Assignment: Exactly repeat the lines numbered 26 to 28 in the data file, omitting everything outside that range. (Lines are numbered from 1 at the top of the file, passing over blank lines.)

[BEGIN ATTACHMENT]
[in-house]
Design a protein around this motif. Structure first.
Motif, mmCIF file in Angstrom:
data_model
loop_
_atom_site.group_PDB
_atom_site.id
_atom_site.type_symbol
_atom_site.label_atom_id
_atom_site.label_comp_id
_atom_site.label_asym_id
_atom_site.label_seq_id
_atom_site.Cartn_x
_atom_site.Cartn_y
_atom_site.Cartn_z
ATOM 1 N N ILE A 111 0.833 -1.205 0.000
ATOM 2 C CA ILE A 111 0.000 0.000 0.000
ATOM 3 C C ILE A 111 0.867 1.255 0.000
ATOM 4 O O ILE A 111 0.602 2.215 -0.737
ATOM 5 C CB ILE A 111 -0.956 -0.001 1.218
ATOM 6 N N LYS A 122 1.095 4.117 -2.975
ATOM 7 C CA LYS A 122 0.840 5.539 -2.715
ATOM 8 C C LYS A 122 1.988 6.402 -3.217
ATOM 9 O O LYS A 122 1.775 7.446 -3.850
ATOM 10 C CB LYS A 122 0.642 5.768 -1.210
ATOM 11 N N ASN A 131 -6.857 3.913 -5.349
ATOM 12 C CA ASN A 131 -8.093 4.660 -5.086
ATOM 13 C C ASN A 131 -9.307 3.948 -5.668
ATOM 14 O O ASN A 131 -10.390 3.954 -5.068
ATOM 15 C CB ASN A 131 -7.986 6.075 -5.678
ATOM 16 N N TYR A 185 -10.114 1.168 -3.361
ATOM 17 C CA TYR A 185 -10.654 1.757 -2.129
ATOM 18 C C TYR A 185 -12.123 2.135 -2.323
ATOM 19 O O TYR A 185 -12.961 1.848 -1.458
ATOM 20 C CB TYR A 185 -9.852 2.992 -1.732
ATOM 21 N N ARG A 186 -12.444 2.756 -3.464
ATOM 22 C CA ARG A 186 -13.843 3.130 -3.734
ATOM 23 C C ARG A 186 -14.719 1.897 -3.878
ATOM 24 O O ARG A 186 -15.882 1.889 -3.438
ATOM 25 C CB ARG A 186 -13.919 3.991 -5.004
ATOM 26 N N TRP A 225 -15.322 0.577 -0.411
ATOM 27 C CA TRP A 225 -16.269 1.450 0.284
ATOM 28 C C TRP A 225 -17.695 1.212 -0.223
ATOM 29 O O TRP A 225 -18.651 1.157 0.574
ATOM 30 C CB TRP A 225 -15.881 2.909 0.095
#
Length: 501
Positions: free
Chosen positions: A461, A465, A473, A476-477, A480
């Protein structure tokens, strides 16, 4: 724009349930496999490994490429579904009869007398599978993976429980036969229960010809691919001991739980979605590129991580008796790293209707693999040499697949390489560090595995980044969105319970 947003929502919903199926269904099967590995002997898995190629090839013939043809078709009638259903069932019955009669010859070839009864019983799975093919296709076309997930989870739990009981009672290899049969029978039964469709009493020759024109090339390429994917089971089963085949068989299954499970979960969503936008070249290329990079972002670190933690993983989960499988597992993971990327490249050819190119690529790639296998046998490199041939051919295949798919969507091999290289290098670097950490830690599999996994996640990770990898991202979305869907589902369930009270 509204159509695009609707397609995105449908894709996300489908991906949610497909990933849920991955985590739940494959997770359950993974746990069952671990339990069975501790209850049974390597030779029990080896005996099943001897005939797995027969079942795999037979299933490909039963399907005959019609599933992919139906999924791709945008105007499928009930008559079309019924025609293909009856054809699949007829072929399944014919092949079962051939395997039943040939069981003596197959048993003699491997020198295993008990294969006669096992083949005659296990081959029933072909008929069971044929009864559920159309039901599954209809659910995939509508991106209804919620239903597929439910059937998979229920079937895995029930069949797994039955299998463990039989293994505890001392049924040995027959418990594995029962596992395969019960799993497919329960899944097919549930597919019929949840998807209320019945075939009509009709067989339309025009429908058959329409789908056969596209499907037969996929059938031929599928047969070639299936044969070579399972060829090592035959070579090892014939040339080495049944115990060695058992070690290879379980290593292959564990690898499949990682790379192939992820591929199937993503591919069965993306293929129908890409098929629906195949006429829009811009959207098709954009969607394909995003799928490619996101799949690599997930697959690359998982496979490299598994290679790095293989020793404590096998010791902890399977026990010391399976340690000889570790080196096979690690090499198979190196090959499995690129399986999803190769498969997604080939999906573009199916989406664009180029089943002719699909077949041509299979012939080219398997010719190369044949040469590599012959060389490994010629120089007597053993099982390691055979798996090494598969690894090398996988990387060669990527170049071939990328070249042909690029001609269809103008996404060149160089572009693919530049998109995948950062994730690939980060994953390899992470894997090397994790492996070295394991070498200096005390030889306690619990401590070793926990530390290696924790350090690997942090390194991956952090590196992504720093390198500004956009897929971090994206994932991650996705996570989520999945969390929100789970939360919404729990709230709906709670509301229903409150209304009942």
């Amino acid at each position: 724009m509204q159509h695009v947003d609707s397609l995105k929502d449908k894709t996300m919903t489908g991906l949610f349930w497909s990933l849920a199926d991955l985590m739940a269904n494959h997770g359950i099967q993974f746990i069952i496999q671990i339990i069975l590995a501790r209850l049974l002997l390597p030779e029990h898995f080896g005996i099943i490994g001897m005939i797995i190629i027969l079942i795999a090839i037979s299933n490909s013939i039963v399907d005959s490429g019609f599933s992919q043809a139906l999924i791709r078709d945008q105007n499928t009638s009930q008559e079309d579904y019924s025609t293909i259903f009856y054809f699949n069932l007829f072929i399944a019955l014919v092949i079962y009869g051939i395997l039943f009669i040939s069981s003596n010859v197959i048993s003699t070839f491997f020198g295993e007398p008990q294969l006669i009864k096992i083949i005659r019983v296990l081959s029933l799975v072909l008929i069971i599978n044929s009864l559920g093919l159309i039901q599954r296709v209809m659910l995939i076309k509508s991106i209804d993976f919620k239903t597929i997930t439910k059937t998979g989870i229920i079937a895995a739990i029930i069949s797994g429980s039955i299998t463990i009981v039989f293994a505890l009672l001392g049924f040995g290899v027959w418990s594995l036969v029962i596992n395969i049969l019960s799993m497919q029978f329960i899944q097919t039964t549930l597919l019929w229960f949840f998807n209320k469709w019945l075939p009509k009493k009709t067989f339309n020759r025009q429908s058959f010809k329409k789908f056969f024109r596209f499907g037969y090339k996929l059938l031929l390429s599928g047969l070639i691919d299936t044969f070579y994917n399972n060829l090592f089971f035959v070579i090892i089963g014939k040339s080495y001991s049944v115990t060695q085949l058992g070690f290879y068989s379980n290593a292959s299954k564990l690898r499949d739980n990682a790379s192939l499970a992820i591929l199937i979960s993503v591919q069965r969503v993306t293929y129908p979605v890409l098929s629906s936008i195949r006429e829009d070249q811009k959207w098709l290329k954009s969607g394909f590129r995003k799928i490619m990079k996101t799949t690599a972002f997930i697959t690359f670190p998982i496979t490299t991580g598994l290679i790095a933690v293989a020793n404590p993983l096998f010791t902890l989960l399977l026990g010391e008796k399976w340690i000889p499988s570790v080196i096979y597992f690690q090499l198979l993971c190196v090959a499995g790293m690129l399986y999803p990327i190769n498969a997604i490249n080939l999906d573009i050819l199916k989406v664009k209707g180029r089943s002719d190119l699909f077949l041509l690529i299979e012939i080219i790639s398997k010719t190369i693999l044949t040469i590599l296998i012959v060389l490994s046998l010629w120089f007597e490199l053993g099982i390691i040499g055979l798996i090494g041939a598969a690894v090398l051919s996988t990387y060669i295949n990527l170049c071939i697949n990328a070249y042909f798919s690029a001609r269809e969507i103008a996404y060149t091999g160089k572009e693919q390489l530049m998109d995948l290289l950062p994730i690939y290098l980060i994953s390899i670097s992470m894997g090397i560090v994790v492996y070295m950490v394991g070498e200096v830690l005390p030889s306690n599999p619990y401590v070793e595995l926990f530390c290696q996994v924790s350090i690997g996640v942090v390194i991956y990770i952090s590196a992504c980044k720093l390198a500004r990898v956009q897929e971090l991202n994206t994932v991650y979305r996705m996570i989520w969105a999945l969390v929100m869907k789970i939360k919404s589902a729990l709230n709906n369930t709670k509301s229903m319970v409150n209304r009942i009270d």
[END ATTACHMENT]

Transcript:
ATOM 11 N N ASN A 131 -6.857 3.913 -5.349
ATOM 12 C CA ASN A 131 -8.093 4.660 -5.086
ATOM 13 C C ASN A 131 -9.307 3.948 -5.668